Yunus secures bail extension in labour law case

The Nobel laureate is seeking to overturn his six-month jail term for violations of labour law

Published : 3 March 2024, 07:01 AM
Updated : 3 March 2024, 07:01 AM

The Labour Appellate Tribunal in Dhaka has extended the bail term for Nobel laureate Muhammad Yunus as he appeals his conviction in a case related to violations of labour laws.

The extension was granted by Judge MA Awal on Sunday, although the new bail duration was not specified in the order. The tribunal has set Apr 16 as the date for the next hearing.

Yunus, who attended the hearing, was represented by Advocate Abdullah Al Mamun. The state was represented by Advocate Khurshid Alam Khan.

On Jan 1, Yunus, along with Grameen Telecom's Managing Director Ashraful Hasan, and directors Nurjahan Begum and Md Shahjahan, were each sentenced to six months in jail and fined Tk 30,000.

Judge Sheikh Marina Sultana of the Dhaka Third Labour Court found them guilty of failing to deliver appointment letters to 101 employees, not paying employees during public holidays, and not submitting the fixed dividends to the Labour Welfare Foundation.

But Yunus, the founding Grameen Bank managing director, and the other convicts did not have to start serving time in prison immediately, as the court granted them one month's bail on condition that they use the time to launch an appeal against the ruling.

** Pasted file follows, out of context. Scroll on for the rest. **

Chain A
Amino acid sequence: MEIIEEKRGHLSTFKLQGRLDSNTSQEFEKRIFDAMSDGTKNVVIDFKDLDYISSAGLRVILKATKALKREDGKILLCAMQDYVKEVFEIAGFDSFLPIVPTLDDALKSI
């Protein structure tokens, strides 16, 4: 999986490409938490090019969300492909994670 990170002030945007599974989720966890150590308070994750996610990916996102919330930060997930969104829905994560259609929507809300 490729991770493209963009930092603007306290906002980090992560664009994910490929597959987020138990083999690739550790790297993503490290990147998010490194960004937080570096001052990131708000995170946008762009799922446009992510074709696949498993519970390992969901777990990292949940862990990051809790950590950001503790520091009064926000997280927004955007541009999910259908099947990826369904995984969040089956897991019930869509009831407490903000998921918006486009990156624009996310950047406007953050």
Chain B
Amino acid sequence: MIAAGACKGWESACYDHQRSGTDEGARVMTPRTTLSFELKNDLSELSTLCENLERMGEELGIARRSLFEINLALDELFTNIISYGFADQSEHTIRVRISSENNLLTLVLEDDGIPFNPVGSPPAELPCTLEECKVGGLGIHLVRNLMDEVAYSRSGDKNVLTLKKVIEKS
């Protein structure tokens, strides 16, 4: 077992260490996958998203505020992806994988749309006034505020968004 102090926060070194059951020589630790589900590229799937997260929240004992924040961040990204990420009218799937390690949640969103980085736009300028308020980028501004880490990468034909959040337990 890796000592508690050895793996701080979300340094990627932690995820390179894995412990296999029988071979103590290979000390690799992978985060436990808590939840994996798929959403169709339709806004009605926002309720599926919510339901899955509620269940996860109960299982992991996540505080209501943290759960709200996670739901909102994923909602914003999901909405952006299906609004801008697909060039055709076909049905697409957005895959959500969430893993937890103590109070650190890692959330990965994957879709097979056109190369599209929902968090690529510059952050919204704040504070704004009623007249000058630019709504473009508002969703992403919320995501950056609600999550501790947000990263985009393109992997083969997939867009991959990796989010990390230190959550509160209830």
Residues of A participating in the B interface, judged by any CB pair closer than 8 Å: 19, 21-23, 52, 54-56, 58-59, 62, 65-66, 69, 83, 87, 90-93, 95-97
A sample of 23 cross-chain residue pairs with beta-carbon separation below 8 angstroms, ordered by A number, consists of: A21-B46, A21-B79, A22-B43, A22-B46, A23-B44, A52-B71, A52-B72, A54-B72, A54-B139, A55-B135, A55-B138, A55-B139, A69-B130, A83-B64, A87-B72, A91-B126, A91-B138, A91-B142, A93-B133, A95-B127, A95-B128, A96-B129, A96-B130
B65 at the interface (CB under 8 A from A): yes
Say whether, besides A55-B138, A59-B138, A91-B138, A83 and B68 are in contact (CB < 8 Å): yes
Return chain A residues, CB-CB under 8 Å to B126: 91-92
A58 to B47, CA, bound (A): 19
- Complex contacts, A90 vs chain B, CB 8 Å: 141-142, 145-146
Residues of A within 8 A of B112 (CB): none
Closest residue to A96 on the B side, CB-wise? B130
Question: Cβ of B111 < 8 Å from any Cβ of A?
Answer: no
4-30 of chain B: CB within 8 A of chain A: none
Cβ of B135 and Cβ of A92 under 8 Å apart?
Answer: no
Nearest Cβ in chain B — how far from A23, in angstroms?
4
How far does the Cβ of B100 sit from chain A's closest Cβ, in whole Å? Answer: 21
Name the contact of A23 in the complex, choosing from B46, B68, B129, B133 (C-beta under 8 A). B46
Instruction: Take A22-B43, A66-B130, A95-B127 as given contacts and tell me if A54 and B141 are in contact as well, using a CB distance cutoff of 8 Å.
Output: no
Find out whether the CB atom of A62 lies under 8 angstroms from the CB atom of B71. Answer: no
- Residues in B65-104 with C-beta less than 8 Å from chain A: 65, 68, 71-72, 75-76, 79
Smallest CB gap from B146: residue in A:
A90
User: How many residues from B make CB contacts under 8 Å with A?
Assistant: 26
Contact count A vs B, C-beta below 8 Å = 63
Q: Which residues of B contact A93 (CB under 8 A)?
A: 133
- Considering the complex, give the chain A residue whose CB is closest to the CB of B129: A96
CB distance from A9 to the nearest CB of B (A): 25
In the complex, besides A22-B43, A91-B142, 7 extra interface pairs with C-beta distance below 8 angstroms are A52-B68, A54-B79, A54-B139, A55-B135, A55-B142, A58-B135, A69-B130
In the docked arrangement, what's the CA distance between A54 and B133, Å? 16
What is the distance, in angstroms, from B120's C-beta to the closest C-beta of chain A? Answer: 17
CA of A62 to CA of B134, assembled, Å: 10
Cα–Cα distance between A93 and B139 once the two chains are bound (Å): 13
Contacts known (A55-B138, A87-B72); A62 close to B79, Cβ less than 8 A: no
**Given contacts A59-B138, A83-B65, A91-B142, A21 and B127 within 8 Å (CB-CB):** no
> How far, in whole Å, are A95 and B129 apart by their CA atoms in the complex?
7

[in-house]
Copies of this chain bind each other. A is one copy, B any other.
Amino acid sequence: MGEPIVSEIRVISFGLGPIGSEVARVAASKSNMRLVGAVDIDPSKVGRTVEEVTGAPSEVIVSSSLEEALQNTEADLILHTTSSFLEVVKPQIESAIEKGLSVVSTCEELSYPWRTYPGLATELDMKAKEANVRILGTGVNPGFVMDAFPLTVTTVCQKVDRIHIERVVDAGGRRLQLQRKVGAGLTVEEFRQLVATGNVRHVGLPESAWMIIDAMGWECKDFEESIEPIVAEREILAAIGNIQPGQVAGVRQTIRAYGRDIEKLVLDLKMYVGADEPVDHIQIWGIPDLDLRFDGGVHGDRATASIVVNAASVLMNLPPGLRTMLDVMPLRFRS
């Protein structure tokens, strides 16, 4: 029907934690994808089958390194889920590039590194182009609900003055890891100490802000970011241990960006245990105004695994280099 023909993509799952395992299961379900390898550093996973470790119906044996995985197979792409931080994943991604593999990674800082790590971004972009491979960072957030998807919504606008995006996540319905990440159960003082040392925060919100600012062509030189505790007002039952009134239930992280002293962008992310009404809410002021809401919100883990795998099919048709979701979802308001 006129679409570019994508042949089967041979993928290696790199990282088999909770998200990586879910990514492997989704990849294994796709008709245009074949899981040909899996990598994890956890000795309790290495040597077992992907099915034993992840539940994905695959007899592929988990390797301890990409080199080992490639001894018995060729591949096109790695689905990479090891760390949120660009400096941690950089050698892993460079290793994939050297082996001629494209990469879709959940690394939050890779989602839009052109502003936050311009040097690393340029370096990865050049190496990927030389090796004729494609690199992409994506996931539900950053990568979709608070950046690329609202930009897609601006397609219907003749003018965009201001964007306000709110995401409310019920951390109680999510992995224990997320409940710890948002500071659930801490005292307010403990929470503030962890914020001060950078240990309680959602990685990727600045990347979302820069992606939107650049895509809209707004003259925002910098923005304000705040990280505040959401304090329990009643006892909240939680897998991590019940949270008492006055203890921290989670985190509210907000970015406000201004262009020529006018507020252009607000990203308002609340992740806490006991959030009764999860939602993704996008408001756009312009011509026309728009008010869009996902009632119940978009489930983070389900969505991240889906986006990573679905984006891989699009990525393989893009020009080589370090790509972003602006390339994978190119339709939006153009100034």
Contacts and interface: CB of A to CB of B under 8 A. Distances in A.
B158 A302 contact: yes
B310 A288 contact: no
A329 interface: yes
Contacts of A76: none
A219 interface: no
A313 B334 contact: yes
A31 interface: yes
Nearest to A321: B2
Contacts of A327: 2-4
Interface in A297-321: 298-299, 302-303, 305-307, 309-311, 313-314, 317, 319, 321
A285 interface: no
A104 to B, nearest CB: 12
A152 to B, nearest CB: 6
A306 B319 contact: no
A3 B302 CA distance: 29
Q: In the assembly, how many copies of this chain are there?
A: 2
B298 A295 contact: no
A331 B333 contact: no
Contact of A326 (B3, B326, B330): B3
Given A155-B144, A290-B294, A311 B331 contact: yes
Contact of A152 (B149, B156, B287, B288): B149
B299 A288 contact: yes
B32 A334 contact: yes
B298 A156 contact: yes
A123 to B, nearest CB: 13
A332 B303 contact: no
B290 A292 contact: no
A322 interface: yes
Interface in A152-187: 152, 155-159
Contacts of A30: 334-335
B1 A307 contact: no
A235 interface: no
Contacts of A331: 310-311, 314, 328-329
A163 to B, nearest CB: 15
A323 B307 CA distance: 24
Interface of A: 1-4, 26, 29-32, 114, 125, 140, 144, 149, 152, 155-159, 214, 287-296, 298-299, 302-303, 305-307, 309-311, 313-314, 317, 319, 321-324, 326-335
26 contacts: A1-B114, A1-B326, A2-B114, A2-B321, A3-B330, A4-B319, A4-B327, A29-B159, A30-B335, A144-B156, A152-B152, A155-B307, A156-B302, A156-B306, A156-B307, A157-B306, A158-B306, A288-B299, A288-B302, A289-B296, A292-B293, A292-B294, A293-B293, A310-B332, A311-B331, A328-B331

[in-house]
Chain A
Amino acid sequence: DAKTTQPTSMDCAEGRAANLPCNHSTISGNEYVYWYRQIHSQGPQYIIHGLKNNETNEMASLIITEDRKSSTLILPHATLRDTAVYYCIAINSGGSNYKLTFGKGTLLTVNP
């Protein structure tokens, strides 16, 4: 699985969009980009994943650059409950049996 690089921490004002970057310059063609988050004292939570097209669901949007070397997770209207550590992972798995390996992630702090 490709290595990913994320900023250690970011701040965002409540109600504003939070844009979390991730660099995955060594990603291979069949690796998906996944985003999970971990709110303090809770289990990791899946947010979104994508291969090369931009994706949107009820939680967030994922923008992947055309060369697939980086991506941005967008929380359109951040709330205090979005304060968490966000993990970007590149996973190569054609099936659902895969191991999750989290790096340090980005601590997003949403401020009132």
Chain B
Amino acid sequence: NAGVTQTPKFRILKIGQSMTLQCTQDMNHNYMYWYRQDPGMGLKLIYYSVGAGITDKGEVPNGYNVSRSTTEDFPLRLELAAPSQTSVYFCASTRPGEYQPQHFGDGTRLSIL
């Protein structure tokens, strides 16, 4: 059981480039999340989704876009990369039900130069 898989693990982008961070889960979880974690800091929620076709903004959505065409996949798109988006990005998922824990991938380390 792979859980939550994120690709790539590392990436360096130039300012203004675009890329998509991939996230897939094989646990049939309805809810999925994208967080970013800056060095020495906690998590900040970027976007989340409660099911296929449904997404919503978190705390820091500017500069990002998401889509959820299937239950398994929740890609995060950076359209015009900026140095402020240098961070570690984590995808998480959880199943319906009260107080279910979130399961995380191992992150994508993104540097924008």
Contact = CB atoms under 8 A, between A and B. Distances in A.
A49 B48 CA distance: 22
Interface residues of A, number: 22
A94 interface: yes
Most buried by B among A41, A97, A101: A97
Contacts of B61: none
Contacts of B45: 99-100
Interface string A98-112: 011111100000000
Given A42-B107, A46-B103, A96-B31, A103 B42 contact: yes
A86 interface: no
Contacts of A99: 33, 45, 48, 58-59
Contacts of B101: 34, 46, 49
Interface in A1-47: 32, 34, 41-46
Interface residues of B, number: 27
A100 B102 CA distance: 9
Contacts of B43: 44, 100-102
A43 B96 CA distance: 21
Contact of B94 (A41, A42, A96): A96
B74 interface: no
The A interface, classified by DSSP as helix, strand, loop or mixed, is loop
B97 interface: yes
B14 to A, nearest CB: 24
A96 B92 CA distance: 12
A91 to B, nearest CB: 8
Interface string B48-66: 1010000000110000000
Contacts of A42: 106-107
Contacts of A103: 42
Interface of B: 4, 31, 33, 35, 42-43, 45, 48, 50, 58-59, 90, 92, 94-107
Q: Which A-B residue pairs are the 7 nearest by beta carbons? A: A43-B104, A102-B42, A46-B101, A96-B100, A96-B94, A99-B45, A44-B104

The complete 84-page verdict was released on Jan 11, prompting Yunus' legal team to launch the appeal.

Nobel Prize-winning microcredit pioneer Yunus and the others were also accused of failing to provide employees of Grameen Telecom with appointment letters, get work schedules approved by the authorities, and submit annual and half-yearly returns.

During an appeal hearing on Jan 28, Judge Awal upheld their bail and fixed Mar 3 to review the case documents and the labour court's judgment.

Yunus's conviction has drawn scrutiny both at home and abroad, with 12 US senators writing to Prime Minister Sheikh Hasina to express their concerns over the perceived 'judicial harassment' of the Nobel laureate.